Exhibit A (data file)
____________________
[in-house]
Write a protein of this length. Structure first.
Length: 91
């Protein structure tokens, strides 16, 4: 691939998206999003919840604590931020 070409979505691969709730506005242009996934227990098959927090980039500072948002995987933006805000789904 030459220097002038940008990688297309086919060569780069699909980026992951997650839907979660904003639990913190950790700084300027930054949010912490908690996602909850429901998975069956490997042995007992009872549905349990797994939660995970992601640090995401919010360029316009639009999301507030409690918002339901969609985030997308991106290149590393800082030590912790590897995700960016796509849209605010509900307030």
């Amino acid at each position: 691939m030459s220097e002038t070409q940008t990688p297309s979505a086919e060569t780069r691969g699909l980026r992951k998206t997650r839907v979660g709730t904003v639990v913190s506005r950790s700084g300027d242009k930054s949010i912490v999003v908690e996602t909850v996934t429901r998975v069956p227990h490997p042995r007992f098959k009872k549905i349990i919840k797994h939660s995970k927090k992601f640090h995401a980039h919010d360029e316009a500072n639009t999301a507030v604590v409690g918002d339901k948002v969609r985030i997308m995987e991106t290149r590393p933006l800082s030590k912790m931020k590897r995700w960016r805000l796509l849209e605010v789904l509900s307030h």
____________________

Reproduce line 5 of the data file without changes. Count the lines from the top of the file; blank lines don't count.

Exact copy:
């Amino acid at each position: 691939m030459s220097e002038t070409q940008t990688p297309s979505a086919e060569t780069r691969g699909l980026r992951k998206t997650r839907v979660g709730t904003v639990v913190s506005r950790s700084g300027d242009k930054s949010i912490v999003v908690e996602t909850v996934t429901r998975v069956p227990h490997p042995r007992f098959k009872k549905i349990i919840k797994h939660s995970k927090k992601f640090h995401a980039h919010d360029e316009a500072n639009t999301a507030v604590v409690g918002d339901k948002v969609r985030i997308m995987e991106t290149r590393p933006l800082s030590k912790m931020k590897r995700w960016r805000l796509l849209e605010v789904l509900s307030h």